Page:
Figure 5.

The [2,2]-Pareto-optimal solutions and critical solutions for all case studies from the cost-GHG orientation (Note: the number in the parentheses indicates the diameter of the pipe for case study 1 and the cost of pipes for case studies 2 and 3). Cost-GHG tradeoff: (a) case study 1 (EL 95), (b) case study 2, and (c) case study 3.

[43] Although the solution space of case studies 2 and 3 cannot be visualized as it is unknown due to its size, it can be seen from Figures 5b and 5c that the Pareto-optimal fronts of case studies 2 and 3 have a curved shape with an “elbow” section and a lower “arm” similar to the Pareto-optimal front of case study 1. The sizes of the pipes (represented by the cost of the pipes in the parentheses in Figures 5b and 5c) also increase along the Pareto-optimal front from the minimum cost solution located at the left end of the “elbow” section to the maximum s factor solution located at the right end of the lower “arm”. This indicates that the solution spaces of case studies 2 and 3 have a similar shape to that of case study 1.

[44] The U shape of the solution space can be explained by the tradeoffs among the three objectives. The “elbow” section of the U shape is located between the minimum cost and minimum GHG solutions. The existence of the “elbow” section is mainly due to the tradeoffs between the economic and environmental objectives, which are largely determined by the discount rate used to calculate the economic cost [Wu et al., 2010a]. In other words, the “elbow” section of the solution space is the solution space of the traditional two-objective WDS optimization problem, considering the minimization of the economic cost and GHG emissions investigated in previous studies [Wu et al., 2010a, 2010b, 2012a, 2012b].

[45] The existence of the two “arms” of the solution space is due to the tradeoffs between the economic and environmental objectives and the hydraulic reliability objective of maximizing the s factor. As discussed in section 2.2.2, a single value of the s factor can be obtained under two different conditions: one where math formula is less than math formula and the other where math formula is greater than math formula. The transition between these two conditions occurs when math formula is equal to math formula (i.e., at the zero s factor solution). As can be seen from Figure 5, the upper “arm” where the solutions have smaller pipes generally falls under the condition of math formula being greater than math formula and therefore higher s factor values are achieved by increased power input (e.g., pumping power). In contrast, the lower “arm,” where the solutions have larger pipes, generally falls under the condition of math formula being less than math formula and therefore higher s factor values are achieved by increased pipe hydraulic capacity (i.e., pipe diameter).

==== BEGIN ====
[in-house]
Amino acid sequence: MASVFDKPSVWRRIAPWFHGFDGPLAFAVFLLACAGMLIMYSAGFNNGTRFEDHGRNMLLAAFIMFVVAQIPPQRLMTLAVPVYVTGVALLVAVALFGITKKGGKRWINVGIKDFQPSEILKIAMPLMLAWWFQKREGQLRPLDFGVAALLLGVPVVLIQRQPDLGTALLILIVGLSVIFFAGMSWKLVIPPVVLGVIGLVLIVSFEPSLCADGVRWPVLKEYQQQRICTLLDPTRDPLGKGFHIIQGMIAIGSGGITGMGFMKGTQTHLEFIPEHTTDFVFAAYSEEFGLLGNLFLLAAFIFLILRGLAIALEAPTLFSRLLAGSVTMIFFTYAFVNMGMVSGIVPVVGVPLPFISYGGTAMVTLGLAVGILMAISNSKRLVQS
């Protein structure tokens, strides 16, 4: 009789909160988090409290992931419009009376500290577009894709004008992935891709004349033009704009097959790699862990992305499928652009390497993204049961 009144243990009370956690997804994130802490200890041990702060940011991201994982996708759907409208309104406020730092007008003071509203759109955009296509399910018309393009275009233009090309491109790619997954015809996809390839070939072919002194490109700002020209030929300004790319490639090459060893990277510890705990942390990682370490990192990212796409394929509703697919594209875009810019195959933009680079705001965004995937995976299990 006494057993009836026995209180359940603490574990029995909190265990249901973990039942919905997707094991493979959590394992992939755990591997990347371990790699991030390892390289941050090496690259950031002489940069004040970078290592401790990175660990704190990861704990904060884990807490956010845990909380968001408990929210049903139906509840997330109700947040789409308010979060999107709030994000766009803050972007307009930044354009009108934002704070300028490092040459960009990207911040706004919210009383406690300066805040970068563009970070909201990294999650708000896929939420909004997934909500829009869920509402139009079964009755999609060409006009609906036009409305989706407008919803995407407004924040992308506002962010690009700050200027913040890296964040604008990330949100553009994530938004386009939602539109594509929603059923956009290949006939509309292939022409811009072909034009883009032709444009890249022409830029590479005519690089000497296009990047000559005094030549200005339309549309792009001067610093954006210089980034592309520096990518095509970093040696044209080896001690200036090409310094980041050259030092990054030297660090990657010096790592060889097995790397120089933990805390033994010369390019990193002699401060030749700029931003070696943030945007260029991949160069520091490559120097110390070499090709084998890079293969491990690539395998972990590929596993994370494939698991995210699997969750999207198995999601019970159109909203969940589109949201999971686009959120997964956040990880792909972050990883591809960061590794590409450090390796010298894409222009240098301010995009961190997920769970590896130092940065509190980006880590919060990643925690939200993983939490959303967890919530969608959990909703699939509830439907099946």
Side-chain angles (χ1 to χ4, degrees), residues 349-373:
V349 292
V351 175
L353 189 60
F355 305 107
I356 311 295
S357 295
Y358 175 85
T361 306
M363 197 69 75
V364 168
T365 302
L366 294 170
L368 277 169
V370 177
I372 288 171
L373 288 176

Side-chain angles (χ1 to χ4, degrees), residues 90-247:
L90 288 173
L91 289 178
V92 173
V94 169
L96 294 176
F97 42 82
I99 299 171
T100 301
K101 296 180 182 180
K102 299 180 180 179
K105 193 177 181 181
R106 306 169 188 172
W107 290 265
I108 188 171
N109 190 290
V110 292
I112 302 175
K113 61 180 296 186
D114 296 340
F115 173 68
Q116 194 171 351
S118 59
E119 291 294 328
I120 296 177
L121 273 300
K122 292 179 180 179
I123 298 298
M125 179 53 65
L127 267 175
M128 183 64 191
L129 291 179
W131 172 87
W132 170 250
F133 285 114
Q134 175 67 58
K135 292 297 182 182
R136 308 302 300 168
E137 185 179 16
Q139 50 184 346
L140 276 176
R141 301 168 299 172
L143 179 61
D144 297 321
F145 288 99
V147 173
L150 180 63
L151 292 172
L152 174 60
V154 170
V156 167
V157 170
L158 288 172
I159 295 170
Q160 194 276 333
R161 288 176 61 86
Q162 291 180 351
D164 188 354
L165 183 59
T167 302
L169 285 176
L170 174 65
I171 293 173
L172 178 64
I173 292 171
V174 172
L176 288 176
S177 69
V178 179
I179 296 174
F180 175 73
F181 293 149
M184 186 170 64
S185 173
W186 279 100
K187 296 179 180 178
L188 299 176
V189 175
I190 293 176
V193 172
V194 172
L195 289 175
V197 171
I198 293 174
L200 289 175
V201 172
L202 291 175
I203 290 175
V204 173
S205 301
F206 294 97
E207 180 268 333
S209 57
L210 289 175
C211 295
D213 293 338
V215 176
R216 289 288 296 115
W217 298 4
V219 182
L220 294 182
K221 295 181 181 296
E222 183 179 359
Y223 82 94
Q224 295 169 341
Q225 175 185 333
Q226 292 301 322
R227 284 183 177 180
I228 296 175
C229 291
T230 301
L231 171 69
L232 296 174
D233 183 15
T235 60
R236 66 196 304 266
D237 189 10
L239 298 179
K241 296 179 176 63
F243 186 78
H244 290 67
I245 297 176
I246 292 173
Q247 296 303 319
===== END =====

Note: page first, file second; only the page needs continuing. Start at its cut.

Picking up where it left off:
[46] Based on the results for the three case studies, the shape of the solution space appears to be dominated by the choice of the s factor as the network reliability measure. However, as discussed in section 1, the s factor has to be used for systems where pumping into storages occurs, which are systems that are of most interest from a GHG emission minimization perspective. Therefore, the s factor should be used for problems that use cost minimization, hydraulic reliability maximization and GHG emission minimization as objectives in order to ensure that the same hydraulic reliability measure can be used for all problem types, enabling consistent results to be obtained. Consequently, the shape of the solution space obtained for the three case studies investigated here is likely to be generic for problems that consider these three objectives.

4.2. Location of Pareto-Optimal Front and Change in Pareto-Optimality

[47] The location of the Pareto-optimal front in the solution space is mainly determined by the tradeoffs between the hydraulic reliability objective of maximizing the s factor and the other two objectives. In order to illustrate how the location of the Pareto-front changes along the U-shaped solution space as a function of hydraulic reliability, different static heads ranging from 0 to 200 m are applied to case study network 1, and the 801 solutions with different pipe diameters are fully enumerated. It should be noted that different static heads (i.e., reservoir levels) result in different required power input or network hydraulic capacity in order to achieve certain hydraulic reliability levels as the s factor is directly related to the total power input required by the system, which is equal to the sum of the static head and friction loss of the system. Therefore, an increase in static head results in an increase in required power input or network hydraulic capacity in order to achieve certain hydraulic reliability levels.